Charting Your Character Arc

We talked about the story arc and how the general shape can alert the writer to structural problems. Now let’s discuss another sort of arc–the character arc. At the outset of a project, you may only have a loose idea of how you intend for your protagonist and supporting cast to change and grow over the course of the story. After you’ve finished a first draft, you should be analyzing for these changes and growth. Disclaimer: Some writers accomplish a character arc intuitively, without diagramming or analyzing. If that’s you, you’re ahead.

Writing Tip for Today: At the beginning of a story, your main character or protagonist (or hero/heroine) should want something desperately. Giving your character a clear goal (even if it’s “I don’t know what to do about X”) will help propel the character to begin a path of growth and change.

Try This! Jot down what you believe your protagonist’s main want or need to be. To marry the man of her dreams? To overcome some obstacle? Be as specific as you can. Keep this note and refer to it again as you write the story and again at the completion of a draft. How is the character different? What events (plot points) are important to affecting this change? Voila! You’ve just created a character arc.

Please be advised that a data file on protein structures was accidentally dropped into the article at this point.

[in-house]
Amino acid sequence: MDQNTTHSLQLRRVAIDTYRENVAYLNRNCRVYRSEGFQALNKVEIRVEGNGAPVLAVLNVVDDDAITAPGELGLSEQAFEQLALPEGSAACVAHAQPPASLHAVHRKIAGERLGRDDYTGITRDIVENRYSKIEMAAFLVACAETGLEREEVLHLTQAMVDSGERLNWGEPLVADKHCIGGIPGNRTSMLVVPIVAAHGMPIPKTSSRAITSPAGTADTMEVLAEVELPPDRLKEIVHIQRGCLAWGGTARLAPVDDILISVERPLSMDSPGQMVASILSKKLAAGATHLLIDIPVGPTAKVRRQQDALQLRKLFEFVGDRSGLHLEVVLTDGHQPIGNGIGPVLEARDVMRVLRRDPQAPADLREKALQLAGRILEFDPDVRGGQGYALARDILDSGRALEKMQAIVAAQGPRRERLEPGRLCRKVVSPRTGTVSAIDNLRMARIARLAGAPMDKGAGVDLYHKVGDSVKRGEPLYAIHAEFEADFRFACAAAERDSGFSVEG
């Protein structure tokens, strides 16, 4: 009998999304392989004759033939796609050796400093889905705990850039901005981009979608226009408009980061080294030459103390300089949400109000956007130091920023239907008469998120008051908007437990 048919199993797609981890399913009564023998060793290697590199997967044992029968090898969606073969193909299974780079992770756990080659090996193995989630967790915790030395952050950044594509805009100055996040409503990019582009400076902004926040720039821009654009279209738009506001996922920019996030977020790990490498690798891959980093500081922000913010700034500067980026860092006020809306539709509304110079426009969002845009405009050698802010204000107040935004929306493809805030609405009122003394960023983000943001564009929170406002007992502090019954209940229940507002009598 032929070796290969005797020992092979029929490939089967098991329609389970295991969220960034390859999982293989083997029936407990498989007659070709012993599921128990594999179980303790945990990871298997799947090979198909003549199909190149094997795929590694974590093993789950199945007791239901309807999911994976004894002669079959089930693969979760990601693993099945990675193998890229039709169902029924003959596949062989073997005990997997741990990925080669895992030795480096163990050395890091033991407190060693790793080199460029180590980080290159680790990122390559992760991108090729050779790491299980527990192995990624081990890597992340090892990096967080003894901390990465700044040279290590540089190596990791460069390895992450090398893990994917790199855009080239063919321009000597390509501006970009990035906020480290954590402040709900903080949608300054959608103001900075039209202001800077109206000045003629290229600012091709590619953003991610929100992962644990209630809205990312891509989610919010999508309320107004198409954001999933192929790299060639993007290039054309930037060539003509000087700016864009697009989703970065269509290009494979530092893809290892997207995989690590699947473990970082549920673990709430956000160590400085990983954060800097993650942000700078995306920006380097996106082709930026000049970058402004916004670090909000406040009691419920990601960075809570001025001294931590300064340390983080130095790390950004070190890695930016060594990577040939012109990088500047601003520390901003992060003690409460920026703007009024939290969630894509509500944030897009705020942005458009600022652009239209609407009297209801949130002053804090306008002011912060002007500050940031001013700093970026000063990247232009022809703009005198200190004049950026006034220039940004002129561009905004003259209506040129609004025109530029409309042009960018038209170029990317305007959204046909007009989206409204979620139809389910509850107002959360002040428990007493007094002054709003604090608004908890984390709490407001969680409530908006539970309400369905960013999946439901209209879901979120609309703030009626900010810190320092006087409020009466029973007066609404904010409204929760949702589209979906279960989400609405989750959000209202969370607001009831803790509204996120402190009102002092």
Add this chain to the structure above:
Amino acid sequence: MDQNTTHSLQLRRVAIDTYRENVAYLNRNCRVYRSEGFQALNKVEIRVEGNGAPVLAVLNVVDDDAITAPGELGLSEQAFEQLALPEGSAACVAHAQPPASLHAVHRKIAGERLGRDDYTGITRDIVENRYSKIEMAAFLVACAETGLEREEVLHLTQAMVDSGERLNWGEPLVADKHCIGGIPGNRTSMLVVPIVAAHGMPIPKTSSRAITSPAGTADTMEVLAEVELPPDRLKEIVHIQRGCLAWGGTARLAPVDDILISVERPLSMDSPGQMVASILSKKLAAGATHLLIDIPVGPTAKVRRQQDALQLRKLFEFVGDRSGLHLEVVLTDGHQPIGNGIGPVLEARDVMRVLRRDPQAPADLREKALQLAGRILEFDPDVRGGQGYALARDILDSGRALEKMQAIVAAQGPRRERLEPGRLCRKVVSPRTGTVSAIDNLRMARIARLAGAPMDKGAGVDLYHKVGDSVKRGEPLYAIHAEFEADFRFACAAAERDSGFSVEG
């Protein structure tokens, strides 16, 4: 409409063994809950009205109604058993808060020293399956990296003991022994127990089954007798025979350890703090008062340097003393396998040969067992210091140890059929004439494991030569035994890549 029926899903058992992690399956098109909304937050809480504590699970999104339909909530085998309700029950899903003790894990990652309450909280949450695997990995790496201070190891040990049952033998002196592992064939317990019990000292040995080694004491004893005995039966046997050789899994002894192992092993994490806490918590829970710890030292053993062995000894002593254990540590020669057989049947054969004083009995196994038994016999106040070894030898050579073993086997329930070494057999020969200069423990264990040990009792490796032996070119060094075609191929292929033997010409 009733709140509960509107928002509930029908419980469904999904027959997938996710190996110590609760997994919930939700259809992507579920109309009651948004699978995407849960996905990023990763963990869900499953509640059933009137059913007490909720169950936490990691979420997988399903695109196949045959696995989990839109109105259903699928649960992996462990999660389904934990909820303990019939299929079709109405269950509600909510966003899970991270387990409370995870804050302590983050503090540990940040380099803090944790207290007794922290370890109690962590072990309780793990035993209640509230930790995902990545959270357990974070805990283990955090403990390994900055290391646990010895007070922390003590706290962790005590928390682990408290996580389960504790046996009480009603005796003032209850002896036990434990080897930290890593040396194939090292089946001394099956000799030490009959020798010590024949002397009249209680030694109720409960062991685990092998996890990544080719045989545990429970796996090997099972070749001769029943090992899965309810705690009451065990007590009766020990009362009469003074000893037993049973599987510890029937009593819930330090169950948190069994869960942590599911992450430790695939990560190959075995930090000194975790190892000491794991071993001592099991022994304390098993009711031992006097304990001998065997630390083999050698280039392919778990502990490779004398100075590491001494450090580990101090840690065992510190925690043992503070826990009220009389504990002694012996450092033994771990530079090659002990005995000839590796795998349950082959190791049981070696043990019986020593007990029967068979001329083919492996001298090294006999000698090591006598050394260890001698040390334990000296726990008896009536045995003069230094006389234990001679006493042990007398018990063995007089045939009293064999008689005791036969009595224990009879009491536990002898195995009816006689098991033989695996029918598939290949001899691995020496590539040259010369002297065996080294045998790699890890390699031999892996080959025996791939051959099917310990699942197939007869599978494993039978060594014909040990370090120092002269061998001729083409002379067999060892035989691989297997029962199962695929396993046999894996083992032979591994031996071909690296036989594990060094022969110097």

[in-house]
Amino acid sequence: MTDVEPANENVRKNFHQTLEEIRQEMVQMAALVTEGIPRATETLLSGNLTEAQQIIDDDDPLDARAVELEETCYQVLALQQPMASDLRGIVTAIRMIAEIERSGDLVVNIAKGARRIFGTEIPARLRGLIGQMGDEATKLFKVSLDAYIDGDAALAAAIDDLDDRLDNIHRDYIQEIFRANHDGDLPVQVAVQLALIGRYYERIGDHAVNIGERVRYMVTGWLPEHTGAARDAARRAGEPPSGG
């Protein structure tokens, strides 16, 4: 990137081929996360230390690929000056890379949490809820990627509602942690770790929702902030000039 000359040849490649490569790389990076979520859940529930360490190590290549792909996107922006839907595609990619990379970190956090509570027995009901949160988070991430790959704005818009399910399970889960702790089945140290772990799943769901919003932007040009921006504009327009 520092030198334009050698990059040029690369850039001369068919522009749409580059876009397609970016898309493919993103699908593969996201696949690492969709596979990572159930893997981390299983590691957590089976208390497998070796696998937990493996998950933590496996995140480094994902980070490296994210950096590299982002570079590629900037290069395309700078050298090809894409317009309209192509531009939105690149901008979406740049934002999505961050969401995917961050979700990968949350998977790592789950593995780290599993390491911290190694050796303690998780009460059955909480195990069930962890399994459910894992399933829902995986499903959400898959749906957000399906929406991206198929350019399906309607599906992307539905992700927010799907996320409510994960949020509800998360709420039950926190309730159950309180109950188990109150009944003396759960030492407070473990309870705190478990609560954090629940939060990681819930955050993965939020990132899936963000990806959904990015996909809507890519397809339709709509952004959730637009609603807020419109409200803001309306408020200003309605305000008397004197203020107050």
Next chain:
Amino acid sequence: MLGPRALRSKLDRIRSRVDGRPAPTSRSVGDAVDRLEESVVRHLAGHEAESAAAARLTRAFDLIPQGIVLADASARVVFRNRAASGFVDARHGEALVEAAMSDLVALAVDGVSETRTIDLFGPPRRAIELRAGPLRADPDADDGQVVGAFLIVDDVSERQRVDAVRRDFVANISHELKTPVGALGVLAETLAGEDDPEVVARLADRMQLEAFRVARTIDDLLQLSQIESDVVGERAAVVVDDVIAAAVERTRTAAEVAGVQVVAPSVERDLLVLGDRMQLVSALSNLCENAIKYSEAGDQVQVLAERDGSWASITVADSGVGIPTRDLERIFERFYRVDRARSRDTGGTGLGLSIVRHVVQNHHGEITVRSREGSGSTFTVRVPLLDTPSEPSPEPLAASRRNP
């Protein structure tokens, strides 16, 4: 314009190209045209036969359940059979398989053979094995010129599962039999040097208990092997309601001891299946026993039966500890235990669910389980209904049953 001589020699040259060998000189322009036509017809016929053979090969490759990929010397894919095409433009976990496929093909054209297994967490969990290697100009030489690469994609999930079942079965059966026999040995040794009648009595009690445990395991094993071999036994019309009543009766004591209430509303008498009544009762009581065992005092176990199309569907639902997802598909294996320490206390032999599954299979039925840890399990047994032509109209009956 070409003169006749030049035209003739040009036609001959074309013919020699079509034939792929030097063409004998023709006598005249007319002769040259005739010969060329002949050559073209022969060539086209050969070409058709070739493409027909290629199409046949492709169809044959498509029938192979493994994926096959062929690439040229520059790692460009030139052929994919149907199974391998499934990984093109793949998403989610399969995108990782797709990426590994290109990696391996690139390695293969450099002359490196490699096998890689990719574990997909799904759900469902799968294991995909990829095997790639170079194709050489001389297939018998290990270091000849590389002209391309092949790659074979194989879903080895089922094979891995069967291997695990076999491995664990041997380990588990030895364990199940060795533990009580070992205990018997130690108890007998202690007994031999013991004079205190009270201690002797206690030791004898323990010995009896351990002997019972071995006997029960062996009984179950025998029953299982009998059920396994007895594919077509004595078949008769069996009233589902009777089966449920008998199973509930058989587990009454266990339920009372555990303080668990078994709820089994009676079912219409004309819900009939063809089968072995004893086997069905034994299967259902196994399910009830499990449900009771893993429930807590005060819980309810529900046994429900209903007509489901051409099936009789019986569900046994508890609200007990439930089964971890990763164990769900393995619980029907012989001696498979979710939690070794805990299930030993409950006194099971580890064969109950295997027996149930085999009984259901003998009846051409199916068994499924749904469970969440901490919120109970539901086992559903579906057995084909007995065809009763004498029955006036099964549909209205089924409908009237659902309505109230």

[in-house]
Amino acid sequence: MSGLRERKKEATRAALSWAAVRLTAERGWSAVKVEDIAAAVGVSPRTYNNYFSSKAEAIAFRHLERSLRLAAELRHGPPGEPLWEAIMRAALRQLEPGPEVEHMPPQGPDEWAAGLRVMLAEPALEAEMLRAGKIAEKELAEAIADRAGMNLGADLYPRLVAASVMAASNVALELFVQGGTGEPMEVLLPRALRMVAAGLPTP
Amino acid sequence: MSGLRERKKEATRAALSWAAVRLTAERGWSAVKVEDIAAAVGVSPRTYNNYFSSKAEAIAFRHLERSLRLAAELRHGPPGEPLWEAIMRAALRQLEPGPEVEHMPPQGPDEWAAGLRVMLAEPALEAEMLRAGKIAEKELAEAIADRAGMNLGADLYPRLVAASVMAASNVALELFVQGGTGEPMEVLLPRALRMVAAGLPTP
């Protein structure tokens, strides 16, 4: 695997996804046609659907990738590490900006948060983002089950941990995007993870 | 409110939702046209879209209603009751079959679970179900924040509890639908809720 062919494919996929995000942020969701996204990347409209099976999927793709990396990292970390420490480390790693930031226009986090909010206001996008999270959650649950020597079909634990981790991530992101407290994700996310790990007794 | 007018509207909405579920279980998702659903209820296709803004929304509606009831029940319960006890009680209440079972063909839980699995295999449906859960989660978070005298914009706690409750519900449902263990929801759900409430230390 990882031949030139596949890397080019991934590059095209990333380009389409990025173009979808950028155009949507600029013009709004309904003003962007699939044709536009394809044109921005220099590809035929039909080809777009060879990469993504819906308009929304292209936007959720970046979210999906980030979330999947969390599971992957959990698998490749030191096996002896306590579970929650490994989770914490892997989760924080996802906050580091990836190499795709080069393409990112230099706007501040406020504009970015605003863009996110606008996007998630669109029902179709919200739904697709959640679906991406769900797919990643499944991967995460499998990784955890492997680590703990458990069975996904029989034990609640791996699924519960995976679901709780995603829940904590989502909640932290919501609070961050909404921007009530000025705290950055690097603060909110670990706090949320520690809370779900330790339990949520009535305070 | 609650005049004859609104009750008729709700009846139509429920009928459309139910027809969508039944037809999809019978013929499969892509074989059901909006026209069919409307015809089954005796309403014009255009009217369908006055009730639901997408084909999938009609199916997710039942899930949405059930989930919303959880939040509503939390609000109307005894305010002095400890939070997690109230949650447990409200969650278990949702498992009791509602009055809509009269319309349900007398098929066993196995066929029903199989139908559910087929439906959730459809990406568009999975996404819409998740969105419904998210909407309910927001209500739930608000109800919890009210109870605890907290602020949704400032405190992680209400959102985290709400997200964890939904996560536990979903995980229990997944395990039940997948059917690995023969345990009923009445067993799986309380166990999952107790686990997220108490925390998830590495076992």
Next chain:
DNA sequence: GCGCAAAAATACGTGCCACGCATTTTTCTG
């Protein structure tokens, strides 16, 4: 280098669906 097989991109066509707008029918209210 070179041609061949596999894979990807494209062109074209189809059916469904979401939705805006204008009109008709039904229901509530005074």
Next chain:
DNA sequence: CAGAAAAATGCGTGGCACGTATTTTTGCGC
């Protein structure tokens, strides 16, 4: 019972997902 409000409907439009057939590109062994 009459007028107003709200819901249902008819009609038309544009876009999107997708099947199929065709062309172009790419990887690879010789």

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About Linda S. Clare

I'm an author, speaker, writing coach and mentor. I teach both fiction and nonfiction writing at Lane Community College and in the doctoral program as expert writing advisor for George Fox University. I love helping writers improve their craft and I'm both an avid reader and writer of stories about those with wounded hearts.

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